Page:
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Plastic bags on their way out for yard waste

May 14, 2023

Just as Jamestown residents are getting used to having both recycling and solid waste containers for their refuse, in several months they will have to get used to a different way to put out their yard waste.

On May 16 the Jamestown Town Council learned that beginning Sept. 1, High Point would be banning plastic bags for yard waste. Since Jamestown takes its collected yard waste to the Ingleside Compost Facility in High Point, this means Town staff will have to come up with a new way to collect the yard waste.

"Greensboro was the one that initiated the idea that their yard waste landfill would be moving to a non-plastic bag facility," said Town Manager Matthew Johnson. "They’re not going to accept anything in plastic bags. They were looking at paper.

"Paper presents its own problem," he added. "If it gets wet, it falls apart."

Once High Point no longer accepts the plastic bags, Jamestown will be forced to do the same.

Clear plastic yard waste bags such as these will be a thing of the past in Jamestown in a few months.

"We’ll be talking to you about that," Johnson told the Council. "We’ll come up with a plan of attack. Paul [Blanchard] and Jason [Pegram] are trying to figure out the next steps, We’ll have to come up with a solution for that or an education campaign to let people know. We’re still looking at all the types of things that we might be able to do."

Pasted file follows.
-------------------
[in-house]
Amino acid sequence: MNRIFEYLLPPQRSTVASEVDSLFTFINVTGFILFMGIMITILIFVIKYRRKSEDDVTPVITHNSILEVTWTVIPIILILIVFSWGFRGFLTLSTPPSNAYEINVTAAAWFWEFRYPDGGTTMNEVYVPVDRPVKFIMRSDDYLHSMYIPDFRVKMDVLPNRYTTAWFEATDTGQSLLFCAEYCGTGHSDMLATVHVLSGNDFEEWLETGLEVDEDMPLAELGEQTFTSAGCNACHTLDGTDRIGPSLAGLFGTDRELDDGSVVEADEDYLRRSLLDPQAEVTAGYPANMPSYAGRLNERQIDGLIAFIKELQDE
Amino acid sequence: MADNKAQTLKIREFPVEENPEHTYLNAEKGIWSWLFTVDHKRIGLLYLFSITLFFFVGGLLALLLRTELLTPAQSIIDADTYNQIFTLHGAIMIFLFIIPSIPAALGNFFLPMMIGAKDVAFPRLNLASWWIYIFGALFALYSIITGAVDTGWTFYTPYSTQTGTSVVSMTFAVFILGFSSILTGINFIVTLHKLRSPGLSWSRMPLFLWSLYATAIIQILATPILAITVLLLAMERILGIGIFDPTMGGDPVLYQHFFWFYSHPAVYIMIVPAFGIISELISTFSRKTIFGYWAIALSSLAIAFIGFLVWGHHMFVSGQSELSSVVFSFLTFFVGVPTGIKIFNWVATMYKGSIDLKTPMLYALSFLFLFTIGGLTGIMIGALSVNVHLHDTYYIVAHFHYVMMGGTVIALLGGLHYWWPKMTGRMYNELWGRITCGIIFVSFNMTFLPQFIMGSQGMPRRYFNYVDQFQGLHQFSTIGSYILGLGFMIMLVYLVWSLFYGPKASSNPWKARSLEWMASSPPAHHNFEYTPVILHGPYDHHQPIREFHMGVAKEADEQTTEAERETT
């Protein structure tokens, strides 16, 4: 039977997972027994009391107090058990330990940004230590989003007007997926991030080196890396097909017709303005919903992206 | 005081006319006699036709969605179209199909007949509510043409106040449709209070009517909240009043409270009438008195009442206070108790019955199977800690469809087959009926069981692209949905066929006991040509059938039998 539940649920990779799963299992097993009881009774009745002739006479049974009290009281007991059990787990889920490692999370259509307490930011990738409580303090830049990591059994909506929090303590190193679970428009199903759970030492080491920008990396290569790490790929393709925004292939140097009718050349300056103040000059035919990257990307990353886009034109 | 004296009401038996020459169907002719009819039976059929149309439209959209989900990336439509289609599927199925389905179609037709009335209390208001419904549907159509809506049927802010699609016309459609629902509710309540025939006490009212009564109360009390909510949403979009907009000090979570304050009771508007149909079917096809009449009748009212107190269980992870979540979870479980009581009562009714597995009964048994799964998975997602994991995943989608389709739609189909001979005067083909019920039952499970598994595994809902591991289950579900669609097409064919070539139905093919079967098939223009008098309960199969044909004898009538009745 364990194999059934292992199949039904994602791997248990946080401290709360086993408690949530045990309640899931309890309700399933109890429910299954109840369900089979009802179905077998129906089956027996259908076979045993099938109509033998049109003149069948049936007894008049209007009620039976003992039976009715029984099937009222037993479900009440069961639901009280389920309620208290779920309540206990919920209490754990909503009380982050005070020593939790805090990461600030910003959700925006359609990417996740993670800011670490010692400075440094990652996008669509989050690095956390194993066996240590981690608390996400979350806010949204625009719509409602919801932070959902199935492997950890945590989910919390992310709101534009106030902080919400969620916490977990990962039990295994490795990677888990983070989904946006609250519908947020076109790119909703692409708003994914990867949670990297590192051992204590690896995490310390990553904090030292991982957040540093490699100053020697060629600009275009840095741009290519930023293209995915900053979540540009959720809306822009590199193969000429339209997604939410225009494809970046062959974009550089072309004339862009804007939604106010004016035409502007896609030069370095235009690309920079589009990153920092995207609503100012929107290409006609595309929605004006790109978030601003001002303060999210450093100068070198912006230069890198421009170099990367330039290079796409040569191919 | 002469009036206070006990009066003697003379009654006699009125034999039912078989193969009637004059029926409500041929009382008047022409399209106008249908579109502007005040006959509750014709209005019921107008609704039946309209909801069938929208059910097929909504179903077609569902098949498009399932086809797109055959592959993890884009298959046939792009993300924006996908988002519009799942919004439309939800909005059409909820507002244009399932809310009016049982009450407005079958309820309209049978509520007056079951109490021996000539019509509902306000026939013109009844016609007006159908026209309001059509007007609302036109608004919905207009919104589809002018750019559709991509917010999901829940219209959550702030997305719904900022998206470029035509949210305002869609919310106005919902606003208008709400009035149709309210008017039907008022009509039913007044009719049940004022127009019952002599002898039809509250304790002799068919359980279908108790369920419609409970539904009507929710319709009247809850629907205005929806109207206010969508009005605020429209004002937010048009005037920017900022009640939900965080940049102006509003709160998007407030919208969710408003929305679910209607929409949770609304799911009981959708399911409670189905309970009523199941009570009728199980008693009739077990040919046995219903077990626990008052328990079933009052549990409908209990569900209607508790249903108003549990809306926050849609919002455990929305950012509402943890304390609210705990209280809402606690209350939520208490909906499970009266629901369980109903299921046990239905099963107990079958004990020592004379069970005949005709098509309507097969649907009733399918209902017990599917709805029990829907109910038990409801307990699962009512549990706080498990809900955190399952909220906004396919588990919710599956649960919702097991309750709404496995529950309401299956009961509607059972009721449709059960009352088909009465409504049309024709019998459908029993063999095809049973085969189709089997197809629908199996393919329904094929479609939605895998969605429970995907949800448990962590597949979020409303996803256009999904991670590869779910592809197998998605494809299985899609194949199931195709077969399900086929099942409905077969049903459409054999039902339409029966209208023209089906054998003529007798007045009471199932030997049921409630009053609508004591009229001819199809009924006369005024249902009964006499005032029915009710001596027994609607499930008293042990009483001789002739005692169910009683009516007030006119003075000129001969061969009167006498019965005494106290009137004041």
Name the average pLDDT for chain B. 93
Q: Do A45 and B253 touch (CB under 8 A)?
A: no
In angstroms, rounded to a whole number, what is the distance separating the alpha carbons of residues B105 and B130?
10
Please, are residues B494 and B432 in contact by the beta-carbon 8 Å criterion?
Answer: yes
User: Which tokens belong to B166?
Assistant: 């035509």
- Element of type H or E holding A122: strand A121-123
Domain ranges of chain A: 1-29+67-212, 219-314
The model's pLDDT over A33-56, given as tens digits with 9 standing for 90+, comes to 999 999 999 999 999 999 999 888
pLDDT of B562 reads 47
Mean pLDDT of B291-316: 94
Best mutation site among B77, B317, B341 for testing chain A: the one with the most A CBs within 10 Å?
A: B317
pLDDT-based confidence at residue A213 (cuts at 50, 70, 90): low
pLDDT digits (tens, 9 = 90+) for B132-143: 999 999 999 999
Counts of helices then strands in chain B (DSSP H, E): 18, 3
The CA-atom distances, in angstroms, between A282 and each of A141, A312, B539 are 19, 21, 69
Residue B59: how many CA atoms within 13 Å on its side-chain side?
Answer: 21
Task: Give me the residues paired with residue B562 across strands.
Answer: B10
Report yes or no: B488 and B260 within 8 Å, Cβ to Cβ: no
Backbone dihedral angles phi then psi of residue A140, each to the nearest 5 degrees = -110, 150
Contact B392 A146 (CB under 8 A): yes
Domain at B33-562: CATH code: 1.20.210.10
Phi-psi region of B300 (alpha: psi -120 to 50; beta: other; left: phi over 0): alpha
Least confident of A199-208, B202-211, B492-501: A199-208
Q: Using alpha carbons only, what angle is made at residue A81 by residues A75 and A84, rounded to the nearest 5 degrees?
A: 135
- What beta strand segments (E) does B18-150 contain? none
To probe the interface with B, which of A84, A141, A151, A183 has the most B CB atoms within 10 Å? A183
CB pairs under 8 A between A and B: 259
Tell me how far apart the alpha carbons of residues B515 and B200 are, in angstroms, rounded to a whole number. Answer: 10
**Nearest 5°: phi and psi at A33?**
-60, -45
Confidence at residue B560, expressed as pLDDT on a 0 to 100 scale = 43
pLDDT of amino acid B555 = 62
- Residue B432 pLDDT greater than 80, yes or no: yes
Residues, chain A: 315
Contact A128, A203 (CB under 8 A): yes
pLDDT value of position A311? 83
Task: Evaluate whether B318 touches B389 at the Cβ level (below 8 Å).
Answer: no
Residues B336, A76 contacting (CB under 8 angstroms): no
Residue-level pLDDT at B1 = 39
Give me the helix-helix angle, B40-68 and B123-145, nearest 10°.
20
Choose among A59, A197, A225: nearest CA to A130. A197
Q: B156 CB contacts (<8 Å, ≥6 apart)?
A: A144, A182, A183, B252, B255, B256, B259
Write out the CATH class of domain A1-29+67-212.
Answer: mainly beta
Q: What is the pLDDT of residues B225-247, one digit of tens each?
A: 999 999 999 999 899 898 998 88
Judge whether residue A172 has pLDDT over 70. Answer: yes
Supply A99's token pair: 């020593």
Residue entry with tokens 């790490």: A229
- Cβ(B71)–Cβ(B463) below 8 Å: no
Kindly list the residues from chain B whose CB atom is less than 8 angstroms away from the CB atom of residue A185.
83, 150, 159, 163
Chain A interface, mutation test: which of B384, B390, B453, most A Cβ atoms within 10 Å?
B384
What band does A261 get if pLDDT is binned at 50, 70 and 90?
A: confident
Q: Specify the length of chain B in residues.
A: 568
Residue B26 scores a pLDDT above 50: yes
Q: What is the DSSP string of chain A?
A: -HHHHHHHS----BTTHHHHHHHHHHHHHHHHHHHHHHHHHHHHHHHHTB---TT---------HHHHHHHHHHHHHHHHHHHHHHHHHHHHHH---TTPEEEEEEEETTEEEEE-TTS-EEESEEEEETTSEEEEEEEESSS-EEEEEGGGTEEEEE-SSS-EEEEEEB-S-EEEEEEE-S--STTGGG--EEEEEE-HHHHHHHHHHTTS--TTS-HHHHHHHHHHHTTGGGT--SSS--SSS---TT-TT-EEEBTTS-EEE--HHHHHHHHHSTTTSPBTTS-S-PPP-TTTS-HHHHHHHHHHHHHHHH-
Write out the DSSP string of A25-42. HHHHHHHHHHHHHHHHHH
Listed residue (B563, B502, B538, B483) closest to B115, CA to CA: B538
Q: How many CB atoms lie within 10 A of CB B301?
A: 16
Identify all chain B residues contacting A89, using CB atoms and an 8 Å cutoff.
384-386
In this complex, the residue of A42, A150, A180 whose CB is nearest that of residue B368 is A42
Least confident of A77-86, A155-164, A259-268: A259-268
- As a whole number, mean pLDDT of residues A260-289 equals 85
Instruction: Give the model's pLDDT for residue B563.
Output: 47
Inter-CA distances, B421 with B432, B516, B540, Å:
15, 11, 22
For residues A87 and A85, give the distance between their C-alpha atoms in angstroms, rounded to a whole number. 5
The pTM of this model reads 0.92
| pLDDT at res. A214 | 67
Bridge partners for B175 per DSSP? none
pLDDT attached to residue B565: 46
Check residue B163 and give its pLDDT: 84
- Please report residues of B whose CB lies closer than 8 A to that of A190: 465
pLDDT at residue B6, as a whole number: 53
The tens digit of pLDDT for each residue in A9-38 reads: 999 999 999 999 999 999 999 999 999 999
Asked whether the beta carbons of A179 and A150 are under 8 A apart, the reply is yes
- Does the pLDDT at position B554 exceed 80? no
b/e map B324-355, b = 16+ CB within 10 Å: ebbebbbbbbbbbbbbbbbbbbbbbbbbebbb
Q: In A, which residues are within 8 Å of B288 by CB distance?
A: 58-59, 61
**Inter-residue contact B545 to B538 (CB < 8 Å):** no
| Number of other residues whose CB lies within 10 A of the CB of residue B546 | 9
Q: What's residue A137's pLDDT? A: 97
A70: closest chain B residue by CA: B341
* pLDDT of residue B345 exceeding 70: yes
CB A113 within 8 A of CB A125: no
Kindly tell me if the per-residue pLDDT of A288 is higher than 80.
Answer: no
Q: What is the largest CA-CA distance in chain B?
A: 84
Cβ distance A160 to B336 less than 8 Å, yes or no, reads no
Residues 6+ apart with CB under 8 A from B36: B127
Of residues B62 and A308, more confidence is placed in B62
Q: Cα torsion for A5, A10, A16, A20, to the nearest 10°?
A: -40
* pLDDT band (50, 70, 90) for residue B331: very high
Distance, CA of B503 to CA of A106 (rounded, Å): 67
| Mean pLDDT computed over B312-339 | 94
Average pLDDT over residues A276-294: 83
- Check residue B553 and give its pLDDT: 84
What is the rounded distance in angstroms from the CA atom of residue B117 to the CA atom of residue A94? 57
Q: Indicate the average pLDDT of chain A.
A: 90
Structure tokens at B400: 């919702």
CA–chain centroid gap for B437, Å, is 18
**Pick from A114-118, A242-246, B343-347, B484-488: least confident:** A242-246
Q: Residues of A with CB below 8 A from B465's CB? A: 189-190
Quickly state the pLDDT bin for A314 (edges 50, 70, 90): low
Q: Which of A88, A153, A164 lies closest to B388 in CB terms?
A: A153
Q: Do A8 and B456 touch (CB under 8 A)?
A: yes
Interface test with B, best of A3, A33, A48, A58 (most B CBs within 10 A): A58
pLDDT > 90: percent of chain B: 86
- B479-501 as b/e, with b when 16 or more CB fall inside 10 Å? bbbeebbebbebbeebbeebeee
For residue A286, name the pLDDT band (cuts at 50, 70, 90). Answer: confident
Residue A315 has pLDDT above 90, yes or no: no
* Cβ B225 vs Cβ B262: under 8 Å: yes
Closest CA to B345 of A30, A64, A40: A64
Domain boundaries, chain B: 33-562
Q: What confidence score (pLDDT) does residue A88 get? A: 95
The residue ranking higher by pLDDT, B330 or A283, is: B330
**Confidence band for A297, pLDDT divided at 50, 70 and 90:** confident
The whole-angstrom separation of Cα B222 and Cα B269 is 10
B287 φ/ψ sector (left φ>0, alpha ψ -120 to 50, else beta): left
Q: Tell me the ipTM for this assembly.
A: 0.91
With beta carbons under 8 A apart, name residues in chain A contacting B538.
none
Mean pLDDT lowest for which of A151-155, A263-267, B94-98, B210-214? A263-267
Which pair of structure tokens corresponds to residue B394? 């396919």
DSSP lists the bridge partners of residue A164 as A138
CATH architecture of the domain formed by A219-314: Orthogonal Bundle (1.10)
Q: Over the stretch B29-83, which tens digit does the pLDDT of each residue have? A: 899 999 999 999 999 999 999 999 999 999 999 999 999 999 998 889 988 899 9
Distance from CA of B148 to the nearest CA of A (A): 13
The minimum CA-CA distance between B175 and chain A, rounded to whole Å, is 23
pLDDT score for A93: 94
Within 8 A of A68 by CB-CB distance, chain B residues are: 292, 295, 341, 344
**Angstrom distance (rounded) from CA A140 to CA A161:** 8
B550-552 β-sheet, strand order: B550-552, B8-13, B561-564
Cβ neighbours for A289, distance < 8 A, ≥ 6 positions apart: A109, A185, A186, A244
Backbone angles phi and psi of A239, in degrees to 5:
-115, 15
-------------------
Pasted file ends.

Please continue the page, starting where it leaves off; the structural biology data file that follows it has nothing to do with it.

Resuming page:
The change will not affect loose-leaf pickup during the fall using the vacuum truck but people using rear bagger mowers can no longer dump the clippings into a clear plastic bag and put those bags at the curb. The Town will not be able to pick those up.

A release by the City of High Point stated, "The use of plastic bags poses many issues to City collection and disposal staff and equipment, long-term viability and significant environmental impacts. By prohibiting plastic bags in yard waste, the Ingleside Compost Facility will be able to produce a zero-waste, completely organic, compost and topsoil for our residents and commercial users."

Paper bags save natural resources and energy while reducing greenhouse gas emissions. It can take nearly 1,000 years for a plastic bag to decompose at a landfill, compared to the one month it takes for a paper bag.

High Point is actually beginning the ban July 1 but will not start penalizing violators until Sept. 1 as a grace period for adjustment.

Other municipalities in North Carolina are also banning plastic bags for yard waste. The N.C. Department of Environmental Quality will soon be updating their permit requirements. Very few municipalities still use plastic bags for collection.

In April, Greensboro announced it would consider banning plastic yard waste bags, switching to biodegradable paper bags, which can be ground up along with the other waste into compost or mulch. No further action appears to have been taken. Biodegradable paper bags can be found at hardware, home improvement and other stores.

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Clear plastic yard waste bags such as these will be a thing of the past in Jamestown in a few months. Keep it Clean. PLEASE TURN OFF YOUR CAPS LOCK. Don't Threaten. Be Truthful. Be Nice. Be Proactive. Share with Us. Success! Error!